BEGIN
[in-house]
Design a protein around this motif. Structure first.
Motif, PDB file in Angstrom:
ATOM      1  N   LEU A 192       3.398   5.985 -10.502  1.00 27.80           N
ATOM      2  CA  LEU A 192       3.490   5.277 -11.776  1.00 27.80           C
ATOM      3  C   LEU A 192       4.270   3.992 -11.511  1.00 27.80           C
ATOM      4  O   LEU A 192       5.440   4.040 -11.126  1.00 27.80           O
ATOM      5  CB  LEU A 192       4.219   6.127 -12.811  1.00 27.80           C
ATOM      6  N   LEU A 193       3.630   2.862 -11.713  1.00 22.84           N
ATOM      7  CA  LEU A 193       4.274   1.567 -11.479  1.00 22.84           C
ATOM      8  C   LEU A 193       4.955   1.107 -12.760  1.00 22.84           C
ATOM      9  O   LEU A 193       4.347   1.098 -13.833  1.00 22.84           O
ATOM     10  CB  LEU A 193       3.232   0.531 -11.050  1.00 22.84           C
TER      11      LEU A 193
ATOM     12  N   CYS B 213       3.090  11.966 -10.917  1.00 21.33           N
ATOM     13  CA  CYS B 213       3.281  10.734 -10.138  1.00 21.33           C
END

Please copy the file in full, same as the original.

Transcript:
[in-house]
Design a protein around this motif. Structure first.
Motif, PDB file in Angstrom:
ATOM      1  N   LEU A 192       3.398   5.985 -10.502  1.00 27.80           N
ATOM      2  CA  LEU A 192       3.490   5.277 -11.776  1.00 27.80           C
ATOM      3  C   LEU A 192       4.270   3.992 -11.511  1.00 27.80           C
ATOM      4  O   LEU A 192       5.440   4.040 -11.126  1.00 27.80           O
ATOM      5  CB  LEU A 192       4.219   6.127 -12.811  1.00 27.80           C
ATOM      6  N   LEU A 193       3.630   2.862 -11.713  1.00 22.84           N
ATOM      7  CA  LEU A 193       4.274   1.567 -11.479  1.00 22.84           C
ATOM      8  C   LEU A 193       4.955   1.107 -12.760  1.00 22.84           C
ATOM      9  O   LEU A 193       4.347   1.098 -13.833  1.00 22.84           O
ATOM     10  CB  LEU A 193       3.232   0.531 -11.050  1.00 22.84           C
TER      11      LEU A 193
ATOM     12  N   CYS B 213       3.090  11.966 -10.917  1.00 21.33           N
ATOM     13  CA  CYS B 213       3.281  10.734 -10.138  1.00 21.33           C